Spoilers ahead for Game of Thrones’ season 7 finale, “The Dragon and the Wolf”
In the season 7 finale of Game of Thrones, Jon Snow and Daenerys Targaryen have sex, after a few episodes of smoldering glances and tentative hand-holding. But just as they come together, there’s news brewing on the horizon that might tear them apart. Jon is the legitimate heir to the Iron Throne, and he’s also Daenerys’ nephew. That has all kinds of political consequences.
Viewers who have been paying attention already saw this coming; Jon Snow’s parentage has been a fan theory for years, and the show confirmed it before any major characters connected the dots themselves. In the penultimate episode, Samwell Tarly’s partner, Gilly, stumbled across a record of Rhaegar Targaryen’s secret marriage to Lyanna Stark. Somehow, although this information was utterly unimportant to Sam at the time, he’s able to recall the details to Bran Stark, who’s now the Three-Eyed Raven.
Although Bran is all-seeing, he somehow didn’t get the memo on the annulment and remarriage. He thought Jon was Rhaegar’s bastard son, born in Dorne, and hence should have been named Jon Sand. While that name might sound amusing to viewers after seven seasons of “Jon Snow,” Sam immediately waves it off. He prompts Bran to use his omniscience to see Lyanna and Rhaegar tying the knot in a secret ceremony. He also hears Lyanna name her son Aegon Targaryen. No, not the Aegon Targaryen who was Rhaegar’s other son, and Jon’s half-brother — the Aegon who was murdered by Gregor “the Mountain” Clegane. In the Targaryen family line, it’s common enough to keep naming men Aegon, after Aegon the Conqueror, the first of the Targaryen kings of Westeros.
What would change if Sam and Bran made their knowledge public? Jon and Daenerys’ budding relationship might be smothered, depending on whether either is squeamish about incest. (Daenerys, who has learned Targaryen traditions, including the one where brother and sister usually marry, might be less adverse than Jon.) And their wedding isn’t just necessary for warm fuzzy romantic reasons: a marriage alliance between the Warden of the North and Queen Daenerys Targaryen would be powerful, and nearly unassailable.
Beyond the relationship between Jon and Dany, the reveal will cause political problems. If Jon is revealed as Aegon Targaryen, his standing as a Stark suddenly becomes shaky, and so does the backing of the Northern lords who consider him Ned Stark’s oldest male heir. Those lords made their grievances with House Targaryen clear all over again at the start of this season. Jon would have to face that disapproval if his real identity emerges. It’s possible the lords would still accept him, since he’s still a Stark descendant, and he’s proven his loyalties and his respect for Ned’s politics and policies. But old prejudices could certainly resurface — especially since he’s bent the knee to another Targaryen, without consulting the proud Northern lords. They’d just gotten used to having a king again, and now he’s the second coming of the King Who Knelt, which didn’t play well in the North the first time it happened.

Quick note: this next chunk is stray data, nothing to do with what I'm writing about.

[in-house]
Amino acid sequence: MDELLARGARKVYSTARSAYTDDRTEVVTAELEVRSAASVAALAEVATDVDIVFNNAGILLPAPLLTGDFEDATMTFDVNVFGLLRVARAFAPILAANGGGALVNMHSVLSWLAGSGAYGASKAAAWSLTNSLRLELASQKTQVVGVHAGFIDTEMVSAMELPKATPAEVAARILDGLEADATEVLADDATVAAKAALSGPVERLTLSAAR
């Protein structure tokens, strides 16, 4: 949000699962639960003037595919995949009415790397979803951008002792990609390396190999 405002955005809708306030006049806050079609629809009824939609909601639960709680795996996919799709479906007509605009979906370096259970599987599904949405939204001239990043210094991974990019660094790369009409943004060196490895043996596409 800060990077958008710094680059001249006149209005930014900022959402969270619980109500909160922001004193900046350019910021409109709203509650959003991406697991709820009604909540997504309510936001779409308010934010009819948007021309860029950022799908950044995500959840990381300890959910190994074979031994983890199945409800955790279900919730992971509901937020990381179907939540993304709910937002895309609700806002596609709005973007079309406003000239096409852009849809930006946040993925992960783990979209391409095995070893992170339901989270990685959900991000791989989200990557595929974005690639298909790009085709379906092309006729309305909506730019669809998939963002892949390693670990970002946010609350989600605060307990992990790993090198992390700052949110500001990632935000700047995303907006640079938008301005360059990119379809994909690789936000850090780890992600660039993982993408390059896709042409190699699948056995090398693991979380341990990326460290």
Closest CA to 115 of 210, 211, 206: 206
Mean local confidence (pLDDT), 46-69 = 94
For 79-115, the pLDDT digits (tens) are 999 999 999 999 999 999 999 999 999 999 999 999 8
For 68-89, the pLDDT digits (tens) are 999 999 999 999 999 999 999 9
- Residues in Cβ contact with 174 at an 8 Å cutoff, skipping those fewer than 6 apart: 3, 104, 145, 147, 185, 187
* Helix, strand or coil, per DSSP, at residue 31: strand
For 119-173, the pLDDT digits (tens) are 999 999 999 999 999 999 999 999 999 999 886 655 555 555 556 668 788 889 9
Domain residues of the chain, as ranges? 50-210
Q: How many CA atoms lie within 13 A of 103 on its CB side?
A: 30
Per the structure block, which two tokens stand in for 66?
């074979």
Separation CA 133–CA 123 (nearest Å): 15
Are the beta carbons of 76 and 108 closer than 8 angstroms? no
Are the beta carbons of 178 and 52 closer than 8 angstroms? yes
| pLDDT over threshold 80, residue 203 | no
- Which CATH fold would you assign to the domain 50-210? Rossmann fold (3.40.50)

Frankly, Jon Snow also doesn’t want to sit on the Iron Throne, while Dany has made it her life’s goal, in part because she thinks she’s the heir and it’s her absolute right. So the identity reveal would be cruel to both characters. Jon barely wanted to be the King in the North, and only took on the responsibility because he felt he had no choice. It’s likely that Sansa, Arya, and his bannermen would encourage him to take the Throne, though, given their faith in him. Meanwhile, Dany still owns two dragons, and could always strong-arm her way onto the throne if she really wants to — but knowing she doesn’t have the absolute moral right anymore will severely undercut her certainty.
Jon has been portrayed as the better ruler
The showrunners might ultimately glide past all these potential problems, however, given this season’s bent toward fan service. Although it would be slightly out of character, Daenerys might forgive Jon for cutting in front of her in the line of succession, and arrange a marriage alliance with Jon anyway, to secure her own precarious position. Perhaps the battle with the White Walkers will change Dany’s mind about the importance of her ascending the Iron Throne. She could ultimately see that Jon will be a fair and just king, and that there’s room for both of them to rule. Alternately, their advisors might urge him to keep his lineage under wraps for the good of the kingdom — but as we’ve just seen, Jon Snow doesn’t have that kind of dishonesty in him.
Besides, between the two of them, Jon has been portrayed as the better ruler. In recent episodes, Game of Thrones’ writers have painted Dany as a headstrong leader with a quick tendency toward violence. Even her advisers are worried about her similarities to Cersei and wondered how Dany can offer her people hope when she mainly brings dragon-power and warfare — or in her house words, “fire and blood.” Unlike Dany, Jon has the advantages of having grown up in Westeros, and having the right decisions come more easily to him. (At least if Theon’s summary of his action in this episode is to be believed.) His strong sense of honor, learned from Ned Stark, guides him through decisions, unlike Dany, who relies on an ambiguous moral code and a set of advisers who restrain her from her worst impulses. Jon is also known for his honor and trustworthiness, so much so that even his enemy Cersei believes he’ll be loyal to her if he pledges his word. Dany has no such credibility in Westeros, and earning that kind of trust could take her years. Maybe the show’s potential two-year hiatus will give her the time she needs to win loyalty across the map, but failing that, there may be an upside to Jon learning and revealing his lineage after all.